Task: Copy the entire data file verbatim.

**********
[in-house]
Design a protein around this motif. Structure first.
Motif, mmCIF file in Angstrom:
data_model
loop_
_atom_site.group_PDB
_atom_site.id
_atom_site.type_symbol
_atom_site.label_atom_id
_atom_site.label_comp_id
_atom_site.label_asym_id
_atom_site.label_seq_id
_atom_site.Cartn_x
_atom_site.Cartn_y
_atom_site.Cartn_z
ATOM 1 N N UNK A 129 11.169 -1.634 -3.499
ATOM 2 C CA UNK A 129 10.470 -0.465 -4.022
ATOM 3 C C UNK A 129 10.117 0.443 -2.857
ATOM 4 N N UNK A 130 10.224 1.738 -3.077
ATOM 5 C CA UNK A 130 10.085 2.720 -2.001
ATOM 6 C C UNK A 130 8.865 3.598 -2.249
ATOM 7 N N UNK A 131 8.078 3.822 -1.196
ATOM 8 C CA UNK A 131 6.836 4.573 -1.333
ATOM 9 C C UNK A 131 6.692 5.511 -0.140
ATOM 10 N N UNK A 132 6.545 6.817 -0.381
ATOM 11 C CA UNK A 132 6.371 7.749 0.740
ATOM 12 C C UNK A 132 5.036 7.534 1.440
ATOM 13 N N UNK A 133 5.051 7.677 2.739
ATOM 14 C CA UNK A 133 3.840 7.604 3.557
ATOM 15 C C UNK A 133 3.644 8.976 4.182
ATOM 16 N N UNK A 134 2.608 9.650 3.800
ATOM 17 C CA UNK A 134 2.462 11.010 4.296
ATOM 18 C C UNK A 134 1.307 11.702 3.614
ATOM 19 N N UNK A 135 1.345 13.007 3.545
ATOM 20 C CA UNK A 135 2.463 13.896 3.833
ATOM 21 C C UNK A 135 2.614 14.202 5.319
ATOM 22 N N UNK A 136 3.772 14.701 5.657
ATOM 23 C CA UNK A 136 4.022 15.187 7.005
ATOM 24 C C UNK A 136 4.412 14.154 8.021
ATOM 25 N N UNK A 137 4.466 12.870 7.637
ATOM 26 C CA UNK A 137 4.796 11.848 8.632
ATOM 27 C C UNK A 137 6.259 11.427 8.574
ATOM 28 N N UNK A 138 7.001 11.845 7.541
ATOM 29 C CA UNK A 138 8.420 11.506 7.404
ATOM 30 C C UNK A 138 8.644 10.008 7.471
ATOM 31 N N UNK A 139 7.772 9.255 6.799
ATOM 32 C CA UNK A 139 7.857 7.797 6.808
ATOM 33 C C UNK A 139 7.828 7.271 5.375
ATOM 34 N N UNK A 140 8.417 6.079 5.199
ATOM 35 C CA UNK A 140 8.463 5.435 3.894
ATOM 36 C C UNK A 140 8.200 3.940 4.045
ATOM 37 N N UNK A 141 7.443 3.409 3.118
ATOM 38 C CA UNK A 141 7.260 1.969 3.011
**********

[in-house]
Design a protein around this motif. Structure first.
Motif, mmCIF file in Angstrom:
data_model
loop_
_atom_site.group_PDB
_atom_site.id
_atom_site.type_symbol
_atom_site.label_atom_id
_atom_site.label_comp_id
_atom_site.label_asym_id
_atom_site.label_seq_id
_atom_site.Cartn_x
_atom_site.Cartn_y
_atom_site.Cartn_z
ATOM 1 N N UNK A 129 11.169 -1.634 -3.499
ATOM 2 C CA UNK A 129 10.470 -0.465 -4.022
ATOM 3 C C UNK A 129 10.117 0.443 -2.857
ATOM 4 N N UNK A 130 10.224 1.738 -3.077
ATOM 5 C CA UNK A 130 10.085 2.720 -2.001
ATOM 6 C C UNK A 130 8.865 3.598 -2.249
ATOM 7 N N UNK A 131 8.078 3.822 -1.196
ATOM 8 C CA UNK A 131 6.836 4.573 -1.333
ATOM 9 C C UNK A 131 6.692 5.511 -0.140
ATOM 10 N N UNK A 132 6.545 6.817 -0.381
ATOM 11 C CA UNK A 132 6.371 7.749 0.740
ATOM 12 C C UNK A 132 5.036 7.534 1.440
ATOM 13 N N UNK A 133 5.051 7.677 2.739
ATOM 14 C CA UNK A 133 3.840 7.604 3.557
ATOM 15 C C UNK A 133 3.644 8.976 4.182
ATOM 16 N N UNK A 134 2.608 9.650 3.800
ATOM 17 C CA UNK A 134 2.462 11.010 4.296
ATOM 18 C C UNK A 134 1.307 11.702 3.614
ATOM 19 N N UNK A 135 1.345 13.007 3.545
ATOM 20 C CA UNK A 135 2.463 13.896 3.833
ATOM 21 C C UNK A 135 2.614 14.202 5.319
ATOM 22 N N UNK A 136 3.772 14.701 5.657
ATOM 23 C CA UNK A 136 4.022 15.187 7.005
ATOM 24 C C UNK A 136 4.412 14.154 8.021
ATOM 25 N N UNK A 137 4.466 12.870 7.637
ATOM 26 C CA UNK A 137 4.796 11.848 8.632
ATOM 27 C C UNK A 137 6.259 11.427 8.574
ATOM 28 N N UNK A 138 7.001 11.845 7.541
ATOM 29 C CA UNK A 138 8.420 11.506 7.404
ATOM 30 C C UNK A 138 8.644 10.008 7.471
ATOM 31 N N UNK A 139 7.772 9.255 6.799
ATOM 32 C CA UNK A 139 7.857 7.797 6.808
ATOM 33 C C UNK A 139 7.828 7.271 5.375
ATOM 34 N N UNK A 140 8.417 6.079 5.199
ATOM 35 C CA UNK A 140 8.463 5.435 3.894
ATOM 36 C C UNK A 140 8.200 3.940 4.045
ATOM 37 N N UNK A 141 7.443 3.409 3.118
ATOM 38 C CA UNK A 141 7.260 1.969 3.011